You know it is, because almost every human being alive has done it. And we’ve done it more than once, because dark feelings are like molasses on the kitchen floor: our feet can get stuck there in an instant.

You may already know some of the steps we use to transcend dark times. They are always counter-intuitive; meaning they seem, in the midst of sad feelings, like false movements. It’s important to remember, however, that they are not false movements – they just seem like it. The bottom line? Do them anyway.

The healing principle is simple: our task is to help our mind shift out of its temporarily diminished view of life. To do that, we need to take a stride in a different direction – towards thoughts that are larger than the small self in which we lie, curled and spent.

Simple Step #1: Cry it out. Let your tears fall, and listen to their story with compassion.

Simple Step #2: Exercise. Because it releases endorphins that pour healing energy onto our constricted thinking.

Simple Step #3: Do a kindness for another person. There is no way to do a kindness without it reverberating back onto yourself. No matter how sodden we feel, doing a kindness cauterizes suffering.

Simple Step #4: Monitor your thoughts. When we catch ourself licking our wounds for too long, we can pause and simply decide to change the subject. Yes, you can do this.

Play some music; listen to a standup comic, read a poem by the great mystic Rumi. In other words, enlarge your universe. The instant you become willing to do that you begin to realize –much like our astronauts did when they viewed our tiny beautiful earthstar from thousands of miles away- that life is larger than one small self. In that light, our tiny, individual pool of suffering is seen as a slight matter compared to the simple majesty and mystery of life itself. Expand your thinking, and any answers you need in your life will come toward you, like a kitten tiptoeing up to you on soft paws.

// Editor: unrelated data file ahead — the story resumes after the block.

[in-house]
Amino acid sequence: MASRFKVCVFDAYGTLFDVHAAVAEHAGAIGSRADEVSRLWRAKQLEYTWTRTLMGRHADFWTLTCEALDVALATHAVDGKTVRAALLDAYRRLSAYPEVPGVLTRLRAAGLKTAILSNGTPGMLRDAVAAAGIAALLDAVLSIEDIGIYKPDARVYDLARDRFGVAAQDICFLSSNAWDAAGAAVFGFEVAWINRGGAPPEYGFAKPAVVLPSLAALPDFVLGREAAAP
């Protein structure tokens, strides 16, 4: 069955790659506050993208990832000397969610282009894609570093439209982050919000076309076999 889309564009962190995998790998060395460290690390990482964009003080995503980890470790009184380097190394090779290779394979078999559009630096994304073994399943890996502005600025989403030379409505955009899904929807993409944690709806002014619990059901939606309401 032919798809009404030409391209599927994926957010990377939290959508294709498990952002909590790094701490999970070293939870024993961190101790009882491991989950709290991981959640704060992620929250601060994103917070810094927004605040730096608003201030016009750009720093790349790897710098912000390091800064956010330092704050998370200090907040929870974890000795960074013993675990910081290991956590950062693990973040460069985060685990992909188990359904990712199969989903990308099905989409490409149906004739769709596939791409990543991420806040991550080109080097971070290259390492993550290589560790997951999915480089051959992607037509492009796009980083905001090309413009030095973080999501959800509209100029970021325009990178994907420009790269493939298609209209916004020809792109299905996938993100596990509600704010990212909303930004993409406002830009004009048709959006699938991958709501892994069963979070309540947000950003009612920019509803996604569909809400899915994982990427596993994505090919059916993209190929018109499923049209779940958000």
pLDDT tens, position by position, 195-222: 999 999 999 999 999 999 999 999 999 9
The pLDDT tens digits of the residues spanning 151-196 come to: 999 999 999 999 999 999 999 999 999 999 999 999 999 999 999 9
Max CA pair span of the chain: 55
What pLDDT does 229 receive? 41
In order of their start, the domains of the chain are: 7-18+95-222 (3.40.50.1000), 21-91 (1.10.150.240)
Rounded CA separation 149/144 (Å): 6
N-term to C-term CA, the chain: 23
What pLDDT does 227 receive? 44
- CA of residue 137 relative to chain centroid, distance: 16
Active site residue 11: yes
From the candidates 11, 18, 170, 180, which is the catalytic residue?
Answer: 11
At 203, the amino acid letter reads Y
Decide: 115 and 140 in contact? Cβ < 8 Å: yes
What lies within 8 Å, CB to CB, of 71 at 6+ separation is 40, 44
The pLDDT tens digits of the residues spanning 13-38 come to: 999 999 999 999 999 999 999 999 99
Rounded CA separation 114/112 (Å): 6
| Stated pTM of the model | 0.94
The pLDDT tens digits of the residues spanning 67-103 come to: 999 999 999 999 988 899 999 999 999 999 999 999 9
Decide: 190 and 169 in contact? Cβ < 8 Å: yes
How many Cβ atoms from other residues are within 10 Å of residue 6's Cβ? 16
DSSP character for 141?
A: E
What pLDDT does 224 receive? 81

Tears. Exercise. Kindness. Music. Laughter. Change the topic.

Try it.

Tuesday, March 11, 2008

Another day, another lesson

Teachers are everywhere.

Here comes our friend Eliot Spitzer, offering to remind us what happens when we suppress our dark side, while simultaneously pouring our energy into being righteous.

Not pretty, right? But how many times have we all followed this same pattern in dealing with some undesirable (though less newsworthy) habit of our own? We object strenuously to this or that trait or behavior in others, and remain blind to the fact that we carry some germ of that trait ourselves. Thus, the more I cry out against Behavior X in someone else, the more I remain imprisoned by that same urge in my own life.